There’s a growing awareness that significant investment needs to be made, not just to meet existing demand, but also to meet the future needs of the economy and its population. Moreover, it needs to happen within a context of the move towards net zero emissions by 2050, envisaged by the Paris Agreement on Climate Change.

The good news is that many of the obstacles for independent power suppliers to supply power are being removed, opening the way for the private power suppliers to provide embedded power generation, with the potential to enter into regional wheeling agreements. Much of this is in renewable energy forms.

The creation of the National Energy Crisis Committee (NECOM) should allow for many of the roadblocks in the way of addressing South Africa’s energy needs to be addressed.

56,000MW
Wind and Solar PV generation needed
8,000MW
Battery storage needed
5,000MW
Gas driven power needed

The Energy Council of South Africa estimated in February that South Africa would need 56,000MW of wind and solar PV generation, 8,000MW of battery storage and 5,000MW of gas-driven power to “provide an appropriate balance between energy security and energy sustainability” by 2030.

This would allow for the decommissioning of 12,000MW of South Africa’s older and more emission-intensive coal generation and help South Africa to comply with its commitments.

The Energy Council puts the cost of the above at R1.2 trillion (about US$70bn), including “enabling investment in transmission, distribution and utility reform”.

 

Meanwhile Engineering News reports that some 66,000MW of wind and solar projects are at different stages of development with many envisaged to be coupled with battery storage. That’s according to the 2023 South African Renewable Energy Grid Survey, compiled by Eskom, in conjunction with renewable energy suppliers.

18,000MW
Advanced stage of development
21,000MW
Under development
27,000MW
Early stage of development

Of this, about 18,000MW is at an advanced stage of development, 21,000MW is under development and 27,000MW is at an early stage of development, according to the report.

Hydrogen remains a small part of the mix for now, but could grow in the coming years. A number of companies, such as Sasol and Anglo American, are currently working on hydrogen projects.

On top of this, the separation of Eskom into three operational entities is underway, with the creation of a distribution company set for February or March next year, while the City of Cape Town recently gave the green light for commercial electricity suppliers to start wheeling electricity through Cape Town’s grid infrastructure. 

Dieter Matzner
Dieter Matzner, Consultant, Investec’s Power and Infrastructure Finance

This is likely to be rolled out across the Western Cape and over the next 10 years the region could export power to other provinces.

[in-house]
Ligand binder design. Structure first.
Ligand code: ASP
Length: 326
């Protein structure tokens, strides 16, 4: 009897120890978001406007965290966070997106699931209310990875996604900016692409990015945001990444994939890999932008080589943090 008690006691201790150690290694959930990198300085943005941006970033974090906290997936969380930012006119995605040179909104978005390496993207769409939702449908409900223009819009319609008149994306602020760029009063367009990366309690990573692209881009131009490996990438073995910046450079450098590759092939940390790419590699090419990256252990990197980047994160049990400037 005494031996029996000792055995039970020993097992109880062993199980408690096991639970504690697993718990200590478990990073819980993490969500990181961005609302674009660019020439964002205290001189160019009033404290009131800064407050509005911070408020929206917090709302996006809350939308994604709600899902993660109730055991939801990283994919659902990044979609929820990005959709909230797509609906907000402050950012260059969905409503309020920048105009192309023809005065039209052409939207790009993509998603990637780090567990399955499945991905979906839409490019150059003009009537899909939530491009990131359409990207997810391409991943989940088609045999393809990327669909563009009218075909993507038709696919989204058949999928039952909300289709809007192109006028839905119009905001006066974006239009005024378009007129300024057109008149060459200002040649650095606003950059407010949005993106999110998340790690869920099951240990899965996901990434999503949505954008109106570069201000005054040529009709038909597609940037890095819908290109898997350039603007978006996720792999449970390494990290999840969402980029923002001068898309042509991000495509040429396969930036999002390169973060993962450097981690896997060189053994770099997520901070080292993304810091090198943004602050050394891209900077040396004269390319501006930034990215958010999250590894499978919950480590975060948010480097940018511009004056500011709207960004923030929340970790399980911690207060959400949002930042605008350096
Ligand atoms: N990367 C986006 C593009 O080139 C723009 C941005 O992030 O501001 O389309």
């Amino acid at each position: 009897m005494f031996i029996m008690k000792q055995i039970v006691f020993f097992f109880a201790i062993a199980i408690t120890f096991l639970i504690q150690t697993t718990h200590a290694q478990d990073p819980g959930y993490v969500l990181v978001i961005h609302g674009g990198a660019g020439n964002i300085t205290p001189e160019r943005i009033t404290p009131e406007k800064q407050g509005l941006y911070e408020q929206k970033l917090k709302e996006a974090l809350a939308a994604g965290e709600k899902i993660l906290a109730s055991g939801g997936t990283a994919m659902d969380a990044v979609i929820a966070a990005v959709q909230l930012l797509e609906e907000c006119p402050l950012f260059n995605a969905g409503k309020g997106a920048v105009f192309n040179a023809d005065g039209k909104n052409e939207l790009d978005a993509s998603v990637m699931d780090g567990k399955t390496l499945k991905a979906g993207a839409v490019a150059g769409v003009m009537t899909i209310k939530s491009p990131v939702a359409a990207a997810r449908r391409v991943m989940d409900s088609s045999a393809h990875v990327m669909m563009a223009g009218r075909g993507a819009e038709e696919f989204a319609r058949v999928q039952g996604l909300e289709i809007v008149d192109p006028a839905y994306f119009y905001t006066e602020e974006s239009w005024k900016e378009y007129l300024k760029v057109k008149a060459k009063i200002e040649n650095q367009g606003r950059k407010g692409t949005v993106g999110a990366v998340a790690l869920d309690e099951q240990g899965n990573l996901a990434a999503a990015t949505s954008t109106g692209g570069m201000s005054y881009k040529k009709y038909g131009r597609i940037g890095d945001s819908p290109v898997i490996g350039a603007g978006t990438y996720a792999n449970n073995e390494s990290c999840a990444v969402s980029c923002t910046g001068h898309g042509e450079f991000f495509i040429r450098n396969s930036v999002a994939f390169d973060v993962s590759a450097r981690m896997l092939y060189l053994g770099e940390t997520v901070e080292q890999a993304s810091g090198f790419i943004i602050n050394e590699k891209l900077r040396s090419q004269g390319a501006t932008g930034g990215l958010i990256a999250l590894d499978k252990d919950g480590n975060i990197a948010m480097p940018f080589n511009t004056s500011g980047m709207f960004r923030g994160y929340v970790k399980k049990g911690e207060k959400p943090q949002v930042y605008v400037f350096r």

There are of course a number of challenges that South Africa will need to overcome to bring these projects to fruition and to put the energy crisis to an end. One is the upgrading and extension of transmission lines to ensure the grid works well with the new generation system. This will require a significant investment, argues Matzner, of at least R130bn. 

“This includes the creation of servitudes, environmental impact studies and so on, in addition to the costs of the construction,” he says.

This has relevance for key industries such mining, which are increasingly concentrated in the Northwest and Northern Cape provinces, and which will be major users of new energy sources.

Other challenges include having to navigate a tougher global regulatory environment as the world pushes for a net zero emissions world. As the world’s 12th largest carbon emitter, South Africa will need to act decisively to reposition its energy sources to avoid carbon taxes imposed by leading trading partners.

Equally, the local motor industry (and export market) is geared towards internal combustion engines, which are likely to be phased out in the coming years in favour of electric vehicles. For example, the European Union has banned the sale of internal combustion vehicles from 2035. 

“Can South Africa make the transition to manufacturing electric vehicles? Is there a sufficient local market for them?” asks Matzner.

What’s clear is that, for South Africa to thrive in the coming years, then clean, affordable energy is essential for both economic growth and the development of its people. As a recent UNCTAD report noted, reliable energy supplies are essential for driving industrialisation, boosting productivity, economic growth and human development.

It is essential that South Africa seizes the energy opportunities and helps lead the way for the rest of the continent to benefit.

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